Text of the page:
Trichotillomania is one of five disorders classified as Obsessive Compulsive and Related Disorders in the DSM V (Diagnostics and Statistics Manual). It is a stand alone disorder that can also be found comorbid with OCD. It is commonly referred to as the hair pulling disorder and can lead to noticeable hair loss and balding, distress and social or functional impairment.
The condition is mostly found in females and usually develops at an early age, from pre-adolescence to early twenties. It can be present in infants but the peak onset age is 9 to 13.
The main symptom of Trichotillomania is the recurrent, compulsive pulling out of hair from the root from such places as eyebrows, eyelashes and the scalp. Sometimes this causes baldness. Pulling of hair can also occur from other locations including the pubic area or any other body area. Other symptoms include:
- A high level of tension and a strong urge to pull.
- Pleasure, relief or gratification when pulling out hair.
Typcially sufferers of Trichotillomania will use their fingers to pull their hair out but some sufferers will use tweezers or other instruments.
Other symptoms of the disorder include hair sucking or chewing. This can lead to the ingestion of hair, which may lead to intestinal problems requiring surgery.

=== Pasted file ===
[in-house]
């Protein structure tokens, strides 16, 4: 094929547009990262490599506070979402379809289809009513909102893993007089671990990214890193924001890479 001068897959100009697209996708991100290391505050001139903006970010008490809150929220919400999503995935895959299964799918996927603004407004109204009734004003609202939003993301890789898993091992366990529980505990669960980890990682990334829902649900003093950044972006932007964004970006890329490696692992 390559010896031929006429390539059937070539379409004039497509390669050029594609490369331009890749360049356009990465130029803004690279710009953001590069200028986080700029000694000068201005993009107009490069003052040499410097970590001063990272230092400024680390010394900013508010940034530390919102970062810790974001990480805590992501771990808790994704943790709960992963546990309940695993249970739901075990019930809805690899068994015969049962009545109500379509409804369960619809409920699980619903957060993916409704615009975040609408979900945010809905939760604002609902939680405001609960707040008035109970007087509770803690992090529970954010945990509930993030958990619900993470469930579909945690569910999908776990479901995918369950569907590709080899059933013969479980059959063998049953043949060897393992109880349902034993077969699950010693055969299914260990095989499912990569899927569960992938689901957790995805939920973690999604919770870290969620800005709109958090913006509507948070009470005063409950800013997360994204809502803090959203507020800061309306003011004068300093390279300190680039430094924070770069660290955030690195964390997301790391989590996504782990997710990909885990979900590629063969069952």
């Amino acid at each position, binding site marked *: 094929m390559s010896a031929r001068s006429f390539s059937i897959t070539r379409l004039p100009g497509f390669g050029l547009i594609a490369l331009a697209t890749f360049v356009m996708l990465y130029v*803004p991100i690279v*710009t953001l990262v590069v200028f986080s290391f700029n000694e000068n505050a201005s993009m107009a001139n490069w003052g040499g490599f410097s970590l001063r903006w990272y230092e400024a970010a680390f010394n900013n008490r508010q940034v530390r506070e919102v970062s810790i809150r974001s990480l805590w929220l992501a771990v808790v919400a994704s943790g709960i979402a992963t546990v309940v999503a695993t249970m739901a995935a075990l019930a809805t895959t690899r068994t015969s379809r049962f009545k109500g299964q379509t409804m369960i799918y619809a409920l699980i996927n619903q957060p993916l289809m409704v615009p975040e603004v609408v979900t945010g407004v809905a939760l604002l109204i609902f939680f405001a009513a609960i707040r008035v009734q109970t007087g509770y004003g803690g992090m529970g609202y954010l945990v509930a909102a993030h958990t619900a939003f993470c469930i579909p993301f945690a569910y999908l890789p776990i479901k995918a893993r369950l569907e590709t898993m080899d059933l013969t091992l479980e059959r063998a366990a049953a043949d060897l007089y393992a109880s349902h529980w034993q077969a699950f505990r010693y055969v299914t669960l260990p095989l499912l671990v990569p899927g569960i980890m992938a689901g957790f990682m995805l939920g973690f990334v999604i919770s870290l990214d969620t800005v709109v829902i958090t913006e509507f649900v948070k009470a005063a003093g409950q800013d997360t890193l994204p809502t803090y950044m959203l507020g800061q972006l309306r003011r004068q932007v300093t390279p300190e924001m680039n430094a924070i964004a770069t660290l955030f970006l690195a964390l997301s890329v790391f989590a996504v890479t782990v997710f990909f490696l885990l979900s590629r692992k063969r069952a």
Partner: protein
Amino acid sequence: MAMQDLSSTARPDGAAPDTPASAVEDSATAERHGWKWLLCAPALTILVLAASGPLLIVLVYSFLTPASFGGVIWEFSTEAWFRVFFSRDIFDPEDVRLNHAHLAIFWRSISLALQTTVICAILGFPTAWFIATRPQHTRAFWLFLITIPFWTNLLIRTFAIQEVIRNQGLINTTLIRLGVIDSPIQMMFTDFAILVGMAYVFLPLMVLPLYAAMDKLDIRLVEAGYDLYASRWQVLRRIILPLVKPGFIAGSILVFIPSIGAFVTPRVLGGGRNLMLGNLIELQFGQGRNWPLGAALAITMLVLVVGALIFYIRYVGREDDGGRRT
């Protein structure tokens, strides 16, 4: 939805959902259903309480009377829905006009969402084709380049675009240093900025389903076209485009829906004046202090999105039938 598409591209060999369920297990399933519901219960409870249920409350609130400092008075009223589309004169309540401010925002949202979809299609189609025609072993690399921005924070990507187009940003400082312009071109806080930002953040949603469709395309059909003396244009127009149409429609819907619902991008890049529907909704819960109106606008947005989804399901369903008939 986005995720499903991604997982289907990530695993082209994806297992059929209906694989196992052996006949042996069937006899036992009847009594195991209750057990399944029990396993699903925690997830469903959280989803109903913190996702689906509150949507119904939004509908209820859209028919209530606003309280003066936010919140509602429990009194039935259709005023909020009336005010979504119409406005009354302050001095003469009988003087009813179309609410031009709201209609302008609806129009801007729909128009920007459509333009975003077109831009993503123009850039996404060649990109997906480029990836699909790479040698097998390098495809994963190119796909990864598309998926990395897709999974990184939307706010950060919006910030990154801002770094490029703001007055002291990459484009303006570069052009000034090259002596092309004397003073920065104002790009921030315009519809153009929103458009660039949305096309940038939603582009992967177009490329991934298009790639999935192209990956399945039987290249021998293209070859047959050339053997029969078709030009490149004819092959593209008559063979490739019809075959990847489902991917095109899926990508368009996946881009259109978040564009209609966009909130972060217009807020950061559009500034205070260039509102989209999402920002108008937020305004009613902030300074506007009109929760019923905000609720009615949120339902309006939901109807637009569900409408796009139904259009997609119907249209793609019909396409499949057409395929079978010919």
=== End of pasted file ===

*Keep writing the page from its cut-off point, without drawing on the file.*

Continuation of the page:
People who suffer from trichotillomania often pull only one hair at a time and these hair pull episodes can last for hours at a time. Trichotillomania can go into remission-like states where the individual may not experience the urge to “pull” for days, weeks, months, and even years.
Covering up hair loss is a common reaction by those with Trichotillomania. The goal is to prevent others from noticing the hair loss and this is accomplished by wearing hats, scarves and false eyelashes.
Some sufferers of Trichotillomania lead normal lives while others become embarrassed, depressed or ashamed to the point of avoiding social situations in an effort to hide their hair loss.
Treatment of Trichotillomania includes medications and Cognitive Behavioral Therapy or a combination of both. The type of CBT most commonly carried out is Habit Reversal Training (HRT). This type of therapy was developed in the 1970s for treating nervous, automatic habits such as hair pulling, tics, skin picking and stammering. Exposure and Response Prevention may also be indicated as a therapeutic alternative.